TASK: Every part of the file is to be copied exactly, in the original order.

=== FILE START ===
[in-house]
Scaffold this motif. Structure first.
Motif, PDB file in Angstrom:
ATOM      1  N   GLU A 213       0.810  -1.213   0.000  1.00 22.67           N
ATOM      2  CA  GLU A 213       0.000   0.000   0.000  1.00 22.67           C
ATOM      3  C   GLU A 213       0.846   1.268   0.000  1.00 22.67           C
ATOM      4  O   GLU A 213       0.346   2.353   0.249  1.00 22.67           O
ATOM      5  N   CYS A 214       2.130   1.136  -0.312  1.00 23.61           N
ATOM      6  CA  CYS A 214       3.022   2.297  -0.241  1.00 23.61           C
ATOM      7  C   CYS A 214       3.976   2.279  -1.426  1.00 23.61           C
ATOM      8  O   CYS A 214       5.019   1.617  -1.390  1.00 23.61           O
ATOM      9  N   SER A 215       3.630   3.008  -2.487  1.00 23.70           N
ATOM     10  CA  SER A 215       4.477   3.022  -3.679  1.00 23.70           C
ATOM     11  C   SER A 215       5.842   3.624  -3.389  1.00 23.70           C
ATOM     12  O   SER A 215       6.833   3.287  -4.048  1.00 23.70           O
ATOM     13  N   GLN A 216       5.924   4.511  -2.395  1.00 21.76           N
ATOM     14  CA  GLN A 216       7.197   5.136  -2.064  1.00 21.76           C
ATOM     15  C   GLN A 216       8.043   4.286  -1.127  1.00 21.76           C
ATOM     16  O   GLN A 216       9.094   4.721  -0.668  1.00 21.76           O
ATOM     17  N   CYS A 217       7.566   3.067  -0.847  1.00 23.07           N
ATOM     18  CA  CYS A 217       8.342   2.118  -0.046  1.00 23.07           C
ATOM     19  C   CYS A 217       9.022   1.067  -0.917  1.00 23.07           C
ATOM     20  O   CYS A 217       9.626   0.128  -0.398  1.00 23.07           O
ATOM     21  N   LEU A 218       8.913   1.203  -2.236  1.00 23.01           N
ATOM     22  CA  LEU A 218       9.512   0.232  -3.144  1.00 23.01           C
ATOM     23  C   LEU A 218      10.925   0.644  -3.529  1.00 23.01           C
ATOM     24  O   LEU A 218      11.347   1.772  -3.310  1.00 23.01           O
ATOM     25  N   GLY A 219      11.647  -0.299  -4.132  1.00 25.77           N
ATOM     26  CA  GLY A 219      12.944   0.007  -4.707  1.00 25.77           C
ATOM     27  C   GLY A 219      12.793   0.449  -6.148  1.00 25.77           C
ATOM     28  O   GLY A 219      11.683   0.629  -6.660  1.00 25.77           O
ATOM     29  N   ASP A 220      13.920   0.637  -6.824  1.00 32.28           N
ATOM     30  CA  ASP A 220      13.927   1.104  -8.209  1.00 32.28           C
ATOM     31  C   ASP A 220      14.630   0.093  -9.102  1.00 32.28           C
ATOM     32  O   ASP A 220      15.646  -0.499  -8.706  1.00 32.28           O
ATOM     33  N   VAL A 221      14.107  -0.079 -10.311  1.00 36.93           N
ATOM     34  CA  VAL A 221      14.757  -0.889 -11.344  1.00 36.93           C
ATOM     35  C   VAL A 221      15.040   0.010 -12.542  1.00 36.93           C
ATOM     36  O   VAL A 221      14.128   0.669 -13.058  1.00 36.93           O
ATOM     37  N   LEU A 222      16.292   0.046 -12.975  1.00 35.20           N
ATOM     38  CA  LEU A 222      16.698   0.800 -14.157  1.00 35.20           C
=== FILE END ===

[in-house]
Scaffold this motif. Structure first.
Motif, PDB file in Angstrom:
ATOM      1  N   GLU A 213       0.810  -1.213   0.000  1.00 22.67           N
ATOM      2  CA  GLU A 213       0.000   0.000   0.000  1.00 22.67           C
ATOM      3  C   GLU A 213       0.846   1.268   0.000  1.00 22.67           C
ATOM      4  O   GLU A 213       0.346   2.353   0.249  1.00 22.67           O
ATOM      5  N   CYS A 214       2.130   1.136  -0.312  1.00 23.61           N
ATOM      6  CA  CYS A 214       3.022   2.297  -0.241  1.00 23.61           C
ATOM      7  C   CYS A 214       3.976   2.279  -1.426  1.00 23.61           C
ATOM      8  O   CYS A 214       5.019   1.617  -1.390  1.00 23.61           O
ATOM      9  N   SER A 215       3.630   3.008  -2.487  1.00 23.70           N
ATOM     10  CA  SER A 215       4.477   3.022  -3.679  1.00 23.70           C
ATOM     11  C   SER A 215       5.842   3.624  -3.389  1.00 23.70           C
ATOM     12  O   SER A 215       6.833   3.287  -4.048  1.00 23.70           O
ATOM     13  N   GLN A 216       5.924   4.511  -2.395  1.00 21.76           N
ATOM     14  CA  GLN A 216       7.197   5.136  -2.064  1.00 21.76           C
ATOM     15  C   GLN A 216       8.043   4.286  -1.127  1.00 21.76           C
ATOM     16  O   GLN A 216       9.094   4.721  -0.668  1.00 21.76           O
ATOM     17  N   CYS A 217       7.566   3.067  -0.847  1.00 23.07           N
ATOM     18  CA  CYS A 217       8.342   2.118  -0.046  1.00 23.07           C
ATOM     19  C   CYS A 217       9.022   1.067  -0.917  1.00 23.07           C
ATOM     20  O   CYS A 217       9.626   0.128  -0.398  1.00 23.07           O
ATOM     21  N   LEU A 218       8.913   1.203  -2.236  1.00 23.01           N
ATOM     22  CA  LEU A 218       9.512   0.232  -3.144  1.00 23.01           C
ATOM     23  C   LEU A 218      10.925   0.644  -3.529  1.00 23.01           C
ATOM     24  O   LEU A 218      11.347   1.772  -3.310  1.00 23.01           O
ATOM     25  N   GLY A 219      11.647  -0.299  -4.132  1.00 25.77           N
ATOM     26  CA  GLY A 219      12.944   0.007  -4.707  1.00 25.77           C
ATOM     27  C   GLY A 219      12.793   0.449  -6.148  1.00 25.77           C
ATOM     28  O   GLY A 219      11.683   0.629  -6.660  1.00 25.77           O
ATOM     29  N   ASP A 220      13.920   0.637  -6.824  1.00 32.28           N
ATOM     30  CA  ASP A 220      13.927   1.104  -8.209  1.00 32.28           C
ATOM     31  C   ASP A 220      14.630   0.093  -9.102  1.00 32.28           C
ATOM     32  O   ASP A 220      15.646  -0.499  -8.706  1.00 32.28           O
ATOM     33  N   VAL A 221      14.107  -0.079 -10.311  1.00 36.93           N
ATOM     34  CA  VAL A 221      14.757  -0.889 -11.344  1.00 36.93           C
ATOM     35  C   VAL A 221      15.040   0.010 -12.542  1.00 36.93           C
ATOM     36  O   VAL A 221      14.128   0.669 -13.058  1.00 36.93           O
ATOM     37  N   LEU A 222      16.292   0.046 -12.975  1.00 35.20           N
ATOM     38  CA  LEU A 222      16.698   0.800 -14.157  1.00 35.20           C